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Mayors: Open up airport debate

Charlotte’s former mayors had differing views Tuesday on the fight over control of Charlotte’s airport. But they generally agreed it should have been handled more openly.

The debate over whether to shift control of Charlotte Douglas International Airport from the city to an independent authority sparked perhaps the sharpest exchange of the night as the city’s five living former mayors gathered to talk about the challenges facing the Queen City.

Gov. Pat McCrory, Richard Vinroot, Sue Myrick, Harvey Gantt and Eddie Knox drew a full house for the public forum at Central Piedmont Community College, sponsored by the Observer and PNC Bank.

Gantt said the move to take the airport from city control felt like a “heist.” Vinroot said the process “stinks.”

The airport debate took center stage when moderator Steve Crump of WBTV asked the audience if they felt the city should keep control of Charlotte Douglas International Airport. A majority raised their hands.

Then Crump asked the mayors if they thought the city should keep control. Knox and Gantt raised their hands. Myrick, Vinroot and McCrory didn’t.

The N.C. Senate has passed a bill that would give control of the airport to a regional authority. The city has vigorously opposed the legislation, which awaits action in the House.

Local business leaders pressed for the legislation, largely behind the scenes. The bill was put forward by two Republican legislators from Matthews.

Gantt said he didn’t like the way the legislation came about. Vinroot said he sees the airport as a regional asset, and said an authority with heavy Charlotte representation would be best. But he, too, criticized the process by which the authority plan emerged.

Gantt said “the Charlotte way” would have been for local leaders to convene a task force and discuss their differences, not propose legislation in Raleigh.

“What I resent most, governor, is the way you went about trying to bring about change,” Gantt said, addressing McCrory. “I thought it was a high degree of disrespect to the citizens of Charlotte.”

Vinroot interjected: “In fairness, this is not Pat’s idea.”

McCrory has previously said he wasn’t involved with the authority discussion, and had declined to say whether he supported the bill.

He said Tuesday that the bill emerged from the concerns of Charlotte business leaders, who pressed their lawmakers for legislation.

“This is a fight within Charlotte,” he said. “It needs to be handled better.”

The mayors shared their thoughts on a range of issues during the 1 1/2-hour forum.

Mayor Anthony Foxx, in the nation’s capital for confirmation hearings Wednesday on his nomination as U.S. transportation secretary, greeted the crowd in a prerecorded video.

“Our city is at a critical juncture in its history,” said Foxx. “For years we’ve grown our city and our tax base through annexation. That’s no longer possible.”

With three decades of experience as mayor among them, the five former Charlotte mayors said they see a city standing on the brink of great promise, but also one facing troubling social, economic and political challenges.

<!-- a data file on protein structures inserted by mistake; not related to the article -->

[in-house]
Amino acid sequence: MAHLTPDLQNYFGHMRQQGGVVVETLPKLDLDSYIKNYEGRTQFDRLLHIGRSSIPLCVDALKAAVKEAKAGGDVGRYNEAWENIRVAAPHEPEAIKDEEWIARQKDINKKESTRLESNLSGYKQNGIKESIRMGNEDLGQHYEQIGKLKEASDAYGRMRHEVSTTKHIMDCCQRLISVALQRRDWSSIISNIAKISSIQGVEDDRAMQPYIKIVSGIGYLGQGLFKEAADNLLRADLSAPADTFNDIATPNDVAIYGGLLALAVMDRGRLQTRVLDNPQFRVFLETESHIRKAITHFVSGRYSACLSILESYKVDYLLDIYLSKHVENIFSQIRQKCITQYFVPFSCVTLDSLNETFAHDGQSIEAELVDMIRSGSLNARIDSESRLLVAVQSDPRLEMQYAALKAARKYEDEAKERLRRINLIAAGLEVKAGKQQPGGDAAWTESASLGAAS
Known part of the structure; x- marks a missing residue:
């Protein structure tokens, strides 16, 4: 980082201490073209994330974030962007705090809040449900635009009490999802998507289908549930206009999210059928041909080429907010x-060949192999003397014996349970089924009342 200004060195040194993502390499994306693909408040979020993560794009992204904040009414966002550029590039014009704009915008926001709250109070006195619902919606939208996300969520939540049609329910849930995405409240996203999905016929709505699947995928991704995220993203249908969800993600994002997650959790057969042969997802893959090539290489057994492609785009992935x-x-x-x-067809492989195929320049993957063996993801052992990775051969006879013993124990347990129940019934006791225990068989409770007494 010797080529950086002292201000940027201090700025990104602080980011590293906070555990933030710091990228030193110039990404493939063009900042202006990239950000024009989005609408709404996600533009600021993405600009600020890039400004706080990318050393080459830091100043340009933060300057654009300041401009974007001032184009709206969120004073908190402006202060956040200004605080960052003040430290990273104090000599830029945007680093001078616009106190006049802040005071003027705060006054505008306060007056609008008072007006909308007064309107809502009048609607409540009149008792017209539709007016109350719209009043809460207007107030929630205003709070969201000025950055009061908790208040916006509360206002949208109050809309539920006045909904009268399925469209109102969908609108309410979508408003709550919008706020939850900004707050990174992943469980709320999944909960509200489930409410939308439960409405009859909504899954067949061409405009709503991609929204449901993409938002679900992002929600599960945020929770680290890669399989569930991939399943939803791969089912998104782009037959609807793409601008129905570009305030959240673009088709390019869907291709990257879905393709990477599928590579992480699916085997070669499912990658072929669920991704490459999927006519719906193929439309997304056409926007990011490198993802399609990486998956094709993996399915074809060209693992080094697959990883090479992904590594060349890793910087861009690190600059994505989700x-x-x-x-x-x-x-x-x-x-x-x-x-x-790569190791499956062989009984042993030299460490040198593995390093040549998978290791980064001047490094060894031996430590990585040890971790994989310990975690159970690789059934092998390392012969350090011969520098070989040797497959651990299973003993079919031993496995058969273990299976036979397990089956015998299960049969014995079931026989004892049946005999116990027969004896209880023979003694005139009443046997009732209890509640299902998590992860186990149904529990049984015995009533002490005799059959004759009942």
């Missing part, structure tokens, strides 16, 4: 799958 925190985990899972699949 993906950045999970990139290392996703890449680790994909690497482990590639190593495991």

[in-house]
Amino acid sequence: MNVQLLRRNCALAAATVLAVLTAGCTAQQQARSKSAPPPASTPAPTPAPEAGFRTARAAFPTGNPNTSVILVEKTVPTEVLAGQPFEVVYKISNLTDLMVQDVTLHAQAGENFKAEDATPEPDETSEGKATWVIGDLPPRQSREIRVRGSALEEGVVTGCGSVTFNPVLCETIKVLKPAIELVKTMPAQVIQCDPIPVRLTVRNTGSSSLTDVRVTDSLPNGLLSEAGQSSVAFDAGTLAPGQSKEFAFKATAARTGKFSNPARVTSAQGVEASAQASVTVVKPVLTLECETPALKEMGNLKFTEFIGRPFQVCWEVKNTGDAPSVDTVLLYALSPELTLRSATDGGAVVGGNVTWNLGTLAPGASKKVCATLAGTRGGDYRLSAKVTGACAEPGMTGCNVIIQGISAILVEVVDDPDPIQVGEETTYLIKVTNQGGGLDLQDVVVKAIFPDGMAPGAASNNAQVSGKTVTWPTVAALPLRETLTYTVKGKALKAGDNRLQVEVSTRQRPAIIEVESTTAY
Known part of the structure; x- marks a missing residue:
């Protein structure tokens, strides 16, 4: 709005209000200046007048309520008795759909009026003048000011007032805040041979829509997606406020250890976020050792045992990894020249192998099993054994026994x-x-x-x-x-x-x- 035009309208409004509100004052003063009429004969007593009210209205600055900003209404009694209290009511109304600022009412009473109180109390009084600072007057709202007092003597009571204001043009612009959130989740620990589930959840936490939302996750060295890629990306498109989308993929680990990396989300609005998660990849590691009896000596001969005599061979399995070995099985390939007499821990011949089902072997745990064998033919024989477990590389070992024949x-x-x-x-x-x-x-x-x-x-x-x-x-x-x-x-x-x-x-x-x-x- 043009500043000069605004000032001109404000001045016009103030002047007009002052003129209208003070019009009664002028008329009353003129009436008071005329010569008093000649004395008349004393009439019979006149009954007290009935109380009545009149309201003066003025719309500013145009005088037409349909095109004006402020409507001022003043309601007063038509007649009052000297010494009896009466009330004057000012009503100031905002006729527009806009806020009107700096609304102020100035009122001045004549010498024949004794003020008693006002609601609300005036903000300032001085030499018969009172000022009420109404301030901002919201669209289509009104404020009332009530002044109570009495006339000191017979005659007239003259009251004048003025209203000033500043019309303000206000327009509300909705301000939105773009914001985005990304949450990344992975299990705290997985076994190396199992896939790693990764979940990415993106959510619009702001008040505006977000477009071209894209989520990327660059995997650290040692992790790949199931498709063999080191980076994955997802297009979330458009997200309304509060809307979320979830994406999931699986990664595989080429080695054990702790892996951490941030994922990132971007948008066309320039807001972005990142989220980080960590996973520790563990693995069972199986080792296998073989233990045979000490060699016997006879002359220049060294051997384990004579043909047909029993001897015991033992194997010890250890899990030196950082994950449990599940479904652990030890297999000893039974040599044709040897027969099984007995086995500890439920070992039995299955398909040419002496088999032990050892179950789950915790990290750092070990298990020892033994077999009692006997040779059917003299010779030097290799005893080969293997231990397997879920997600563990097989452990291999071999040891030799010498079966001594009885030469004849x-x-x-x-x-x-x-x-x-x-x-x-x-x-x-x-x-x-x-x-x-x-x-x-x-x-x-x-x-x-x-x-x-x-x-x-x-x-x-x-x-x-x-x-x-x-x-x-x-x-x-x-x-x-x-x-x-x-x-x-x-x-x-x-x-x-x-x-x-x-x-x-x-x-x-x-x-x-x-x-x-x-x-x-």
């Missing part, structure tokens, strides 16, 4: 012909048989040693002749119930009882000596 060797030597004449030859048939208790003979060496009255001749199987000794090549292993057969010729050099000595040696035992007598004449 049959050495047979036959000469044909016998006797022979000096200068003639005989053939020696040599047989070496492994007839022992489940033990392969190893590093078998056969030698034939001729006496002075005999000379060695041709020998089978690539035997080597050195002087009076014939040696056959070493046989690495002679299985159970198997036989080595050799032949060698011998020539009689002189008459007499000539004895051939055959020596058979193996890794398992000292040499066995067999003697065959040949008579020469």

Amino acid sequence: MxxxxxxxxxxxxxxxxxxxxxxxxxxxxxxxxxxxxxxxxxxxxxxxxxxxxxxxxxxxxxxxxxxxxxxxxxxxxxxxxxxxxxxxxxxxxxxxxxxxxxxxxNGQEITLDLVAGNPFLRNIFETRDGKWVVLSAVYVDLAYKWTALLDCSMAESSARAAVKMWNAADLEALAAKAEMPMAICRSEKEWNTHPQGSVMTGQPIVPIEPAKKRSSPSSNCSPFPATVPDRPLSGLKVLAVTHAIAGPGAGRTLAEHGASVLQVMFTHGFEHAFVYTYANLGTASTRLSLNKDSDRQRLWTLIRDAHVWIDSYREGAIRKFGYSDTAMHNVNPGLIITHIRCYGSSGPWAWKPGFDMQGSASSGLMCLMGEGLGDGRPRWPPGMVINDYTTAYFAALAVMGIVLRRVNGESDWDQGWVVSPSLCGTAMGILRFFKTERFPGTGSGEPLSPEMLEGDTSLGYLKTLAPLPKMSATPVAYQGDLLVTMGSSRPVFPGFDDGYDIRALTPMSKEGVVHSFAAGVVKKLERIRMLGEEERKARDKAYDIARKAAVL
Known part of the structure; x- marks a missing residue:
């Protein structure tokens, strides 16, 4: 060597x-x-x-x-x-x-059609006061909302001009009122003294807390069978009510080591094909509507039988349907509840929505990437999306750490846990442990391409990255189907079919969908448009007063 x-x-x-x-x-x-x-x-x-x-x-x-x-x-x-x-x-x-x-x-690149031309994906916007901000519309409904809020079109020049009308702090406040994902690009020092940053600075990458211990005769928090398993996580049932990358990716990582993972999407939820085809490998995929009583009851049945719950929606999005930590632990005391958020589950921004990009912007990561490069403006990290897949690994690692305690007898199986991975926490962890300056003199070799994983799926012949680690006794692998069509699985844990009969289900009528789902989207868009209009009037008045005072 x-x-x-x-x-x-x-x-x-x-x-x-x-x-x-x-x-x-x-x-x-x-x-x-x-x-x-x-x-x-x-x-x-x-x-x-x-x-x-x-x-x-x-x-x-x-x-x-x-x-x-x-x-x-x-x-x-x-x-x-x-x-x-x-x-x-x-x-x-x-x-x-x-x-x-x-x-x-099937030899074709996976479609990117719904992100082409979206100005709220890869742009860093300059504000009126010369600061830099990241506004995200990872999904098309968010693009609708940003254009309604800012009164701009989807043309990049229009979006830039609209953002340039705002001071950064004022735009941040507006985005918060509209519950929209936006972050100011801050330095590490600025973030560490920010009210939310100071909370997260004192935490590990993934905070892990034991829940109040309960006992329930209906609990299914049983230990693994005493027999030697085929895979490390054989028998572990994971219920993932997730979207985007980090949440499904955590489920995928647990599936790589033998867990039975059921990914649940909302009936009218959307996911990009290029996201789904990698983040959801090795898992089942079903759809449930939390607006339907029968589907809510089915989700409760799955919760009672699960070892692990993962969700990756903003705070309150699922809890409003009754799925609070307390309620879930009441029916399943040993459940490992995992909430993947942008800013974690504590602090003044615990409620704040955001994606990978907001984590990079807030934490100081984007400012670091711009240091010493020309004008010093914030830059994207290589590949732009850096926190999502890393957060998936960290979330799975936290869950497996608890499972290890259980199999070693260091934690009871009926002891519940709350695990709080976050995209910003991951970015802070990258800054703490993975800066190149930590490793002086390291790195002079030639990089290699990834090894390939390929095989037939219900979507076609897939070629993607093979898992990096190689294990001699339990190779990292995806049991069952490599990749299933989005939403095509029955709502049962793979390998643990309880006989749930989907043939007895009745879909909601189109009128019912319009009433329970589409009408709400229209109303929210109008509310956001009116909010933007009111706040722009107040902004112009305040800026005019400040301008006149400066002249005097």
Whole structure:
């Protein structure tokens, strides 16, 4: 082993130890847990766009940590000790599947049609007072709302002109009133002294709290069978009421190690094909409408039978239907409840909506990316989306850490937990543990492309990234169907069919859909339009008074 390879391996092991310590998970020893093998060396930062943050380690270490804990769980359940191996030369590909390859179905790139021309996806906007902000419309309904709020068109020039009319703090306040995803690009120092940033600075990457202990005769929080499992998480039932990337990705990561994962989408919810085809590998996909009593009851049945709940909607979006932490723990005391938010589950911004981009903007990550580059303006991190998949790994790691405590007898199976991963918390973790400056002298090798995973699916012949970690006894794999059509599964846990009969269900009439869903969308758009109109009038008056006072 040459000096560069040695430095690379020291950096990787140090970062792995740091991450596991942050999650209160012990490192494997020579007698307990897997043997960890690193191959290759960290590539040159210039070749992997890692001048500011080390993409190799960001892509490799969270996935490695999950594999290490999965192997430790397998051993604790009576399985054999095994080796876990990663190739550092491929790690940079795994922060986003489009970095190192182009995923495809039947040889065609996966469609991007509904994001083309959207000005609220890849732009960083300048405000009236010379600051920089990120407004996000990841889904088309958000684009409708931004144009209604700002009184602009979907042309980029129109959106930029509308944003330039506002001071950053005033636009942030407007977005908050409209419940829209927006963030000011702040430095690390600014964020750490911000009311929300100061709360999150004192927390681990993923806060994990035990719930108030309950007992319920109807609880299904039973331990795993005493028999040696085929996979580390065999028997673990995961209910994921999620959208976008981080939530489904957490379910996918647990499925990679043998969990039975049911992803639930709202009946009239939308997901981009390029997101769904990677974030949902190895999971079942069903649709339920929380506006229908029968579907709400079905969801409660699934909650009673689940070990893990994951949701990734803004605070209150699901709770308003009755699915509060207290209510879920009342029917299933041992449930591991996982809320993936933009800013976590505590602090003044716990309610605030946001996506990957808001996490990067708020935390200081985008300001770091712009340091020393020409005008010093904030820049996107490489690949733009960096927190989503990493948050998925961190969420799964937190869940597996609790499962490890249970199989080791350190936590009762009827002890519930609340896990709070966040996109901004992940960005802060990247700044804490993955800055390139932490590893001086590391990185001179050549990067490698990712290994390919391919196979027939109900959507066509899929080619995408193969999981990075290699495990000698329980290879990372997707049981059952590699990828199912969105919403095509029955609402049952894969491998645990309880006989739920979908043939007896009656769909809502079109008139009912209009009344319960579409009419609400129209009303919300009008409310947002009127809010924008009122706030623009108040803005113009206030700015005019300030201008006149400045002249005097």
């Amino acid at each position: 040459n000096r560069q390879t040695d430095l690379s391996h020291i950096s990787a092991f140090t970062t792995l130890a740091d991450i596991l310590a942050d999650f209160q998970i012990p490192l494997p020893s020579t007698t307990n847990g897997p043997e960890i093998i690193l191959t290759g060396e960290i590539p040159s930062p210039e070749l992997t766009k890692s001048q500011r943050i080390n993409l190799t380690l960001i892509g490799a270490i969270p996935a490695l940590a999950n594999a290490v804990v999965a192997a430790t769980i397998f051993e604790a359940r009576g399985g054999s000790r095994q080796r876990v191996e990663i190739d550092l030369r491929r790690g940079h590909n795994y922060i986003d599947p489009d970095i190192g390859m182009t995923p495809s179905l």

And they said Charlotte is facing those challenges at a time when the historically close relationship between its business and political elites seems to have frayed.

Knox recalled how business leaders like former Bank of America CEO Hugh McColl helped him get financing for the CrimeStoppers program. Vinroot recalled how he and McColl hatched a plan for the city’s uptown transit mall during a cocktail party, when McColl offered to have the bank build it if the city provided the land.

“I think that’s what might be falling aside,” Knox said. “We don’t involve the business community as much as we used to.”

But Gantt said it might be harder to be mayor today. He noted the growing diversity of Charlotte’s population, and the recent upheaval caused by the recession.

“There’s a lot of fear out there. A lot of people are concerned,” he said. “We do have a high unemployment rate. The next mayor and the towns around us have to work harder.”

Myrick said politics have gotten meaner and more partisan in Charlotte – an assertion the other mayors agreed with.

“We need to be nice again,” she said.

The mayors also discussed the challenge of growing the tax base at a time when the city’s borders have swallowed almost all of Mecklenburg County. They said the city must find ways to develop its closer-in neighborhoods, and redevelop economically lagging areas in east and west Charlotte.

The forum came as the campaign to succeed Foxx in the mayor’s office is cranking up. Mayor Pro Tem Patrick Cannon on Tuesday announced that he is running. He could be seen at the forum shaking hands with Edwin Peacock, the lone Republican who has announced his candidacy.

Crump asked what the next mayor should make his or her first task once in office.

Myrick said the next mayor has to pull people together. “That’s got to happen again.”

Vinroot’s advice: Articulate a clear agenda, “put it on your desk,” and attend to it daily.

Said McCrory: “Build relationships and get out of the office ... the bubble (of government) can be a trap.”

Gantt agreed, adding: “Not just with the folks who are your cheerleaders ... how about going with the folks who didn’t vote for you.”

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